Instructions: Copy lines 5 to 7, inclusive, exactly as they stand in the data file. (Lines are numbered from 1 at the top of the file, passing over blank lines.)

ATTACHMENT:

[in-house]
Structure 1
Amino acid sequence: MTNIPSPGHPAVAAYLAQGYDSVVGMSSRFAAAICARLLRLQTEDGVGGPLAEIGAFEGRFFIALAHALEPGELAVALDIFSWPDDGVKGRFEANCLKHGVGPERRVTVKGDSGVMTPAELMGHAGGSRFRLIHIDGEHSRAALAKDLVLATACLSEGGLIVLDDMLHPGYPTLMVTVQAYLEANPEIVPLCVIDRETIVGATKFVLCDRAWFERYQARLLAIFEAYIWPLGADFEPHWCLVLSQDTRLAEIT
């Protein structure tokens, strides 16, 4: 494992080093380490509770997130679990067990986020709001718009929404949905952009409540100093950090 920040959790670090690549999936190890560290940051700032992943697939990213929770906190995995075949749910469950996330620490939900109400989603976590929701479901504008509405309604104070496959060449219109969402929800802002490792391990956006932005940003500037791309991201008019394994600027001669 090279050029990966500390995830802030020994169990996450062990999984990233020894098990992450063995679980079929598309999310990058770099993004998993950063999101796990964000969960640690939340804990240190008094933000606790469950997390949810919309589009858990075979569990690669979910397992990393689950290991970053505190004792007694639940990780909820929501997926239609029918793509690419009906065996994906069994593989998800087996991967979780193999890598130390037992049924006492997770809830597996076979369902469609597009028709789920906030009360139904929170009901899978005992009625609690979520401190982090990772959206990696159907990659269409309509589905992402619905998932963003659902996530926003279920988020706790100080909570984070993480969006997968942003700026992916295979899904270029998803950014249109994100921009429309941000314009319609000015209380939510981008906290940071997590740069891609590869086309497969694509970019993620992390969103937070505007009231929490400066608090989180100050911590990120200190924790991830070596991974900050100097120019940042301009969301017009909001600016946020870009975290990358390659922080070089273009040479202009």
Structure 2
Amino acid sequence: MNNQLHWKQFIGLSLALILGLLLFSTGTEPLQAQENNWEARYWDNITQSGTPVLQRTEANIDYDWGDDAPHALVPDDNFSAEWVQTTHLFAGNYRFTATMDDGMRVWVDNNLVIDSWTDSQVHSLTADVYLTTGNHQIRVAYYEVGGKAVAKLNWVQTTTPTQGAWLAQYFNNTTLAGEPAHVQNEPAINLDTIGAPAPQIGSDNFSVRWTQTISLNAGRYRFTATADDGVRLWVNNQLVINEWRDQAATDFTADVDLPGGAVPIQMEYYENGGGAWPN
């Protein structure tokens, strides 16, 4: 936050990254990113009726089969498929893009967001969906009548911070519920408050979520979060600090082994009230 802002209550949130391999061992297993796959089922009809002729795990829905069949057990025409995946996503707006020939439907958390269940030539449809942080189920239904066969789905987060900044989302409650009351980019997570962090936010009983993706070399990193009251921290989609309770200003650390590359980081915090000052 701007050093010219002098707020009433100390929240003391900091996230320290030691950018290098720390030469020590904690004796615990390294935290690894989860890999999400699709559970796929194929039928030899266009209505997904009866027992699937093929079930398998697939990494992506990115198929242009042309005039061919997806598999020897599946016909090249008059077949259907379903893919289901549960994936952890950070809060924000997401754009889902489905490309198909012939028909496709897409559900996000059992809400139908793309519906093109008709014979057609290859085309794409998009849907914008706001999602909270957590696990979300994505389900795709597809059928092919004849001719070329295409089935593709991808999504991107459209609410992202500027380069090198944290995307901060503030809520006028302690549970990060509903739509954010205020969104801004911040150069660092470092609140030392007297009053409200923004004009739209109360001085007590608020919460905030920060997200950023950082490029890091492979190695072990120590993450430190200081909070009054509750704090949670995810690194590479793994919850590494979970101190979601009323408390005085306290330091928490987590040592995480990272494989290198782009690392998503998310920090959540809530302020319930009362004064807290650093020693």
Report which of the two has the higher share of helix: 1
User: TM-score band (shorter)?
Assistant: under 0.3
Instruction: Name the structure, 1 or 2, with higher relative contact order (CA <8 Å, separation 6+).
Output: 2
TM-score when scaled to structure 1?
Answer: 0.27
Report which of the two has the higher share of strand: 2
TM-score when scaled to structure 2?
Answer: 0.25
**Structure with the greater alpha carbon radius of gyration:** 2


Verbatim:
Structure 2
Amino acid sequence: MNNQLHWKQFIGLSLALILGLLLFSTGTEPLQAQENNWEARYWDNITQSGTPVLQRTEANIDYDWGDDAPHALVPDDNFSAEWVQTTHLFAGNYRFTATMDDGMRVWVDNNLVIDSWTDSQVHSLTADVYLTTGNHQIRVAYYEVGGKAVAKLNWVQTTTPTQGAWLAQYFNNTTLAGEPAHVQNEPAINLDTIGAPAPQIGSDNFSVRWTQTISLNAGRYRFTATADDGVRLWVNNQLVINEWRDQAATDFTADVDLPGGAVPIQMEYYENGGGAWPN
């Protein structure tokens, strides 16, 4: 936050990254990113009726089969498929893009967001969906009548911070519920408050979520979060600090082994009230 802002209550949130391999061992297993796959089922009809002729795990829905069949057990025409995946996503707006020939439907958390269940030539449809942080189920239904066969789905987060900044989302409650009351980019997570962090936010009983993706070399990193009251921290989609309770200003650390590359980081915090000052 701007050093010219002098707020009433100390929240003391900091996230320290030691950018290098720390030469020590904690004796615990390294935290690894989860890999999400699709559970796929194929039928030899266009209505997904009866027992699937093929079930398998697939990494992506990115198929242009042309005039061919997806598999020897599946016909090249008059077949259907379903893919289901549960994936952890950070809060924000997401754009889902489905490309198909012939028909496709897409559900996000059992809400139908793309519906093109008709014979057609290859085309794409998009849907914008706001999602909270957590696990979300994505389900795709597809059928092919004849001719070329295409089935593709991808999504991107459209609410992202500027380069090198944290995307901060503030809520006028302690549970990060509903739509954010205020969104801004911040150069660092470092609140030392007297009053409200923004004009739209109360001085007590608020919460905030920060997200950023950082490029890091492979190695072990120590993450430190200081909070009054509750704090949670995810690194590479793994919850590494979970101190979601009323408390005085306290330091928490987590040592995480990272494989290198782009690392998503998310920090959540809530302020319930009362004064807290650093020693």